Monitor Your Finances

MathContributed by John E. Rice, CFA®, CFP™ Everyone wants to monitor their finances. Here is a systematic way to evaluate how well you are doing financially. Each year there are two numbers you should look at to assess how well you are doing. One you have more control of than the other.

The one you retain some control of is to evaluate how much you saved or spent. The one you have less control over is to evaluate how your net worth changed by ups and downs in asset prices and your overall contributions or withdrawals. There are variations of these and additional considerations but if you can start by monitoring and assessing these two metrics you have a great start on monitoring your finances.

There are important distinctions between the two measures besides how much you can actually control these numbers. The first measure, overall spending/savings, attempts to measure how well your contributions and withdrawals stack up against either your annual income or your overall net worth. (more on that later). The second measure, rate of change of your net worth, helps you to keep track of your overall progress towards your long-term goals.

In order to measure both of these factors you need to develop a personal balance sheet at the beginning and end of each year. If you are a client of KeatsConnelly we can help with this

Metric One – How much did I spend or save?

Your assets that have contributions or distributions generally fall into three categories – bank accounts, investment accounts, and real estate. Some of  you that read this will also have business interests where you contributed or withdrew capital, and these represent a fourth category that should be added.

You can easily figure out the net change in your savings account. The difference between begin and end values, minus the interest earned, is the amount you spent or saved in bank accounts.

You can do the same for investment accounts. KeatsConnelly provides reports that show net inflows/outflows from accounts. So you can easily monitor how much was spent or saved in your investment accounts.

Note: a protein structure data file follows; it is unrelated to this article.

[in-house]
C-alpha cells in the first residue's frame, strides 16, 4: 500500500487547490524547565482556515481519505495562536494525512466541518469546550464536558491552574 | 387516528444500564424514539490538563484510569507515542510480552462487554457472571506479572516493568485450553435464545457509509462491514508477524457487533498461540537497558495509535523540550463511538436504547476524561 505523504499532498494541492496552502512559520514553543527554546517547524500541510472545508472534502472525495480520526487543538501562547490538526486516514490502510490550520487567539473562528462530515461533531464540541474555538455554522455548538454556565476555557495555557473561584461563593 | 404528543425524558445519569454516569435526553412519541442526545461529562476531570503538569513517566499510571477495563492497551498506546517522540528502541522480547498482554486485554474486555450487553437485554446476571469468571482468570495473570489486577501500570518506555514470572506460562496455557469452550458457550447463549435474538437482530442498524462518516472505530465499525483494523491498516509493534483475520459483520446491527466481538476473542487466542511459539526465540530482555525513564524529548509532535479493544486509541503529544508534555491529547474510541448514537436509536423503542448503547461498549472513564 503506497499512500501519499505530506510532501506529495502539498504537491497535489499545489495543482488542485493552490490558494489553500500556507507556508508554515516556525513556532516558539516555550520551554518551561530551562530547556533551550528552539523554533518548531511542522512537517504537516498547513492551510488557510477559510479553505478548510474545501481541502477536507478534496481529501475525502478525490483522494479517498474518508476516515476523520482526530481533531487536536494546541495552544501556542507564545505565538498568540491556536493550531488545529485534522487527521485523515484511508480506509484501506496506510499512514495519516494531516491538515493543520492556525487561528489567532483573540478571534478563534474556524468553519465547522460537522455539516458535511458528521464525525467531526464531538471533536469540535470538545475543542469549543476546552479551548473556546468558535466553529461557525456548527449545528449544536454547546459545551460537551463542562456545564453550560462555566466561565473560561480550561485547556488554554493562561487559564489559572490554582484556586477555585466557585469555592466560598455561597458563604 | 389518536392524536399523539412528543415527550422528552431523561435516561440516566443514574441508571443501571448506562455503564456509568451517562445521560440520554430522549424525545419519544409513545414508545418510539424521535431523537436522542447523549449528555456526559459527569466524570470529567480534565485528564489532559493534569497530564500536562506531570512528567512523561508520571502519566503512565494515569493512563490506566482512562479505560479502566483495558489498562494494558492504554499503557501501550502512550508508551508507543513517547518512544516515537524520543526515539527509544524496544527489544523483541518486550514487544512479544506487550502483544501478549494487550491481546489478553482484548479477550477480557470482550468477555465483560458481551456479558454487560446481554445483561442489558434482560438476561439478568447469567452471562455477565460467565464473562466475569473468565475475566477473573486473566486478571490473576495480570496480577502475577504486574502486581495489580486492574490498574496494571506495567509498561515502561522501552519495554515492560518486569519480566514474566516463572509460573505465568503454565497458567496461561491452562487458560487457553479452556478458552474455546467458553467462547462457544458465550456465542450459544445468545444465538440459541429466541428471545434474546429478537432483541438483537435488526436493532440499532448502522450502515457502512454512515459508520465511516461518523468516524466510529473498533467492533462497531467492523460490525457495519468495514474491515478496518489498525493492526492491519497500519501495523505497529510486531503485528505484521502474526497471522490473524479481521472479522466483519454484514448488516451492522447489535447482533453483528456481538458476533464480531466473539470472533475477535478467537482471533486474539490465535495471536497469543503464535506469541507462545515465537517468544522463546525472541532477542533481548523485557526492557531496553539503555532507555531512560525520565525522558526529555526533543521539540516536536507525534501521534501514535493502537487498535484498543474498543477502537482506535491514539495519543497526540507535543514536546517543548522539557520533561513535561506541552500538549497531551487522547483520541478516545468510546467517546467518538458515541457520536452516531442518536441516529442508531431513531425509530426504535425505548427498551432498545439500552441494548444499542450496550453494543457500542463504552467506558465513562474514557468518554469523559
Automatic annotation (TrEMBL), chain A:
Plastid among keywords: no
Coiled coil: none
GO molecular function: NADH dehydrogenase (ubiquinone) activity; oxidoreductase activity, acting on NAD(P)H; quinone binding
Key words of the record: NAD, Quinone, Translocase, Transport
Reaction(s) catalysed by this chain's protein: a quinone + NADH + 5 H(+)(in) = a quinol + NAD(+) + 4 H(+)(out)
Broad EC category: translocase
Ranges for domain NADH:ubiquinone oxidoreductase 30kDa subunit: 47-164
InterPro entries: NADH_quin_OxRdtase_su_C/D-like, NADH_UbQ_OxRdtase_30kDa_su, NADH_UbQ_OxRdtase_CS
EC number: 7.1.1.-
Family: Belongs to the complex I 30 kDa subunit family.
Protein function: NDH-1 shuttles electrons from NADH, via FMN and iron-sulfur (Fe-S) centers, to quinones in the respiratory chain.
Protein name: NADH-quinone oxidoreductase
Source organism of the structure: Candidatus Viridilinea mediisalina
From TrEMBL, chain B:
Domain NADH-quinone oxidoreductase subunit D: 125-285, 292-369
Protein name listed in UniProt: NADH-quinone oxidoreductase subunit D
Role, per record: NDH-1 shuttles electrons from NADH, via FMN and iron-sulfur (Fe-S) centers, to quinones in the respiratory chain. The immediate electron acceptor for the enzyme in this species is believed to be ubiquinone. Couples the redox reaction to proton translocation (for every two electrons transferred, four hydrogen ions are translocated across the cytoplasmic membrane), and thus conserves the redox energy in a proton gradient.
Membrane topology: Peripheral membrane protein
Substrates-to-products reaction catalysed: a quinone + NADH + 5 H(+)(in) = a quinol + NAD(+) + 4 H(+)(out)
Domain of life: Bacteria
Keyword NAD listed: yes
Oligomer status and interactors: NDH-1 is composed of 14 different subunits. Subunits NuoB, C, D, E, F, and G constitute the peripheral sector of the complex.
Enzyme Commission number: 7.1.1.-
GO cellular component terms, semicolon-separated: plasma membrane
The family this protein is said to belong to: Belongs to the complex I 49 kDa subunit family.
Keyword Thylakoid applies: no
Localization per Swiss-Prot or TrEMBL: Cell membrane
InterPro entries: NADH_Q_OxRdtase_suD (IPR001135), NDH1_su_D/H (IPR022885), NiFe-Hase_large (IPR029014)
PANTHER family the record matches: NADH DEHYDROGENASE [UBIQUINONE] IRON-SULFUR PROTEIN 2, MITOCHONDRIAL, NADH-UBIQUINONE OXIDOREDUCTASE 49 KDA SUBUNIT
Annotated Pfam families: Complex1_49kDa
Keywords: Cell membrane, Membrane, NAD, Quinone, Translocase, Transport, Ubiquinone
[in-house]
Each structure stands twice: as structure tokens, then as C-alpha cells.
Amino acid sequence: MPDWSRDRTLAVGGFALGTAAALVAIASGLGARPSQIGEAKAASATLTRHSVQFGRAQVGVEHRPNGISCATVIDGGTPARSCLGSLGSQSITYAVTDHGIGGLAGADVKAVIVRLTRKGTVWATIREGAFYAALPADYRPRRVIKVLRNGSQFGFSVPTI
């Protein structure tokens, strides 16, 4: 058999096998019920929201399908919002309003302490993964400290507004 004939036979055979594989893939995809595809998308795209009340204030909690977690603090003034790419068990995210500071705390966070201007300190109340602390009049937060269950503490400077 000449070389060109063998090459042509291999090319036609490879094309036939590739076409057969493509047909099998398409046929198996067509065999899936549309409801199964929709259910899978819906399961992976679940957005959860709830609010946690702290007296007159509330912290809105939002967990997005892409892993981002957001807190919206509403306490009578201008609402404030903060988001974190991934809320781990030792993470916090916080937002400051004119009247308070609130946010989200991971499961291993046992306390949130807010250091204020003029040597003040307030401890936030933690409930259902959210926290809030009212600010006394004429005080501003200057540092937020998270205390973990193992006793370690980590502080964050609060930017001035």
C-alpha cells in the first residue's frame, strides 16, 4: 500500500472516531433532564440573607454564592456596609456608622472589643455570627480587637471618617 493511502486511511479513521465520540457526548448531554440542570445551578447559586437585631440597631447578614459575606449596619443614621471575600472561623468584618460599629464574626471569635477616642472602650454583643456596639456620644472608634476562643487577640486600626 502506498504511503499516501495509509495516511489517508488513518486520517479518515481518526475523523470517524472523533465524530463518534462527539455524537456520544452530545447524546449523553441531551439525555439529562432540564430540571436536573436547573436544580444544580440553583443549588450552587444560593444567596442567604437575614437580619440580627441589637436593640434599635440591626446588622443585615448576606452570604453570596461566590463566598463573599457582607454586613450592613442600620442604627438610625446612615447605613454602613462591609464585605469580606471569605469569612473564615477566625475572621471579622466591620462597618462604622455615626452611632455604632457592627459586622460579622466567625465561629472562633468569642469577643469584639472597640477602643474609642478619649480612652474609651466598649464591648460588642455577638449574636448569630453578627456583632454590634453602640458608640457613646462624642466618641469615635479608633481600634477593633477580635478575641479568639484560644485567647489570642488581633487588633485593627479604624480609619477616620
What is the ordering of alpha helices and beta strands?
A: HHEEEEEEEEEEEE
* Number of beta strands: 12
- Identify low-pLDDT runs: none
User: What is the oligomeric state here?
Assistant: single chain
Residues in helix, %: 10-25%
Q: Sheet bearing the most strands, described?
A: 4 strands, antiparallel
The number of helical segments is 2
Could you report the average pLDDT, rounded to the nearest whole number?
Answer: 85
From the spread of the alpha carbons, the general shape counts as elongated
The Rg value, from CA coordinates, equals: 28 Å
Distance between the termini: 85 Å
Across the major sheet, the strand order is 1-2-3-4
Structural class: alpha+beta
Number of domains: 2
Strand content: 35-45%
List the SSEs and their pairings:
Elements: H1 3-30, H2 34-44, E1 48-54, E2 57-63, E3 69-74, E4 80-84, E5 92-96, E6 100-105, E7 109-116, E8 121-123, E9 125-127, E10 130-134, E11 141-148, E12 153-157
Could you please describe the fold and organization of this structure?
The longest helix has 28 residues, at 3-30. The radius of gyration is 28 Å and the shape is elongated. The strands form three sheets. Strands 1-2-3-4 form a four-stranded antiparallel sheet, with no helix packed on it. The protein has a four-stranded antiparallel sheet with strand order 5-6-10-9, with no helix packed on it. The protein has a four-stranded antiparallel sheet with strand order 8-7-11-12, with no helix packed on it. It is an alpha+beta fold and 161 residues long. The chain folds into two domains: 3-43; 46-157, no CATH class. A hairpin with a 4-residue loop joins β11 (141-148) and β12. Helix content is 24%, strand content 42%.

If you own a home and pay a mortgage a small portion of your mortgage goes to pay off principal, and this should be considered savings for purposes of measuring how much you spent or saved during the year. Other costs like taxes, insurance, and maintenance, should not be included.

If you have business interests that provided or required cash flows in the year you can net out your contributions/withdrawals in order to determine your net change here.

Add up all these numbers and check it against your income at beginning of the year to determine what percent you spent or saved. If you are in savings mode and still building your nest egg for your retirement, a good reference goal to reach for is to save 20% or more of your annual income.

If you are already retired then you should be monitoring how fast your assets flow out relative to your beginning portfolio value. A good measure here is that your annual outflows should be no more than 4% of your net portfolio. Note that you may be able comfortably spend much more than 4% if you are planning to sell a house and downsize or anticipate some other large cash inflows in the future.

To sum this up, the measures in savings mode are to measure your annual savings against your income. In retirement mode you should measure your spending against your beginning portfolio value.

The second factor to monitor is how much your net worth increased or decreased during the year. Note that this is related but distinct from your savings/spending. You don’t have much control over asset price fluctuations but you should still measure the net increase/decrease in your net worth each year and monitor your progress.

At the beginning of each year create a balance sheet of your net worth. Measure how much it went up or down. Compare how much you spent or saved against the change in value. Then you know how much of your net worth change was attributable to asset price changes. Use this information to help inform how you allocate capital in the future.

Developing a process to monitor your finances in a systematic way each year will help you stay informed about your finances. Otherwise you are just shooting in the dark. We can help with your monitoring and forecasting these factors. Contact your KeatsConnelly financial professional for further discussions.

 

Tagged with: , ,
Posted in Cross-Border Blog
Cross-Border Series
The Border Guide
Now available in its 11th edition, The Border Guide has sold over 80,000 copies and is considered the definitive cross-border financial tool for Canadians living, working and investing in the United States.
A Canadian's Best Tax Haven
This book will show you how to realize your dream of living a lifestyle in a climate that allows for year-round golfing and sandy beaches while lowering your taxes and cost of living.
Taxation of Canadians in America
This book addresses individual US taxation and estate planning issues you will face as a Canadian living in the US.
Taxation of Americans in Canada
US citizens and green card holders are subject to US tax regardless of where they reside in the world. Are YOU at risk?

Crossing the Border?
TRY OUR CROSS-BORDER FORUM »
Get Updates from Us
SIGN UP FOR E-UPDATES »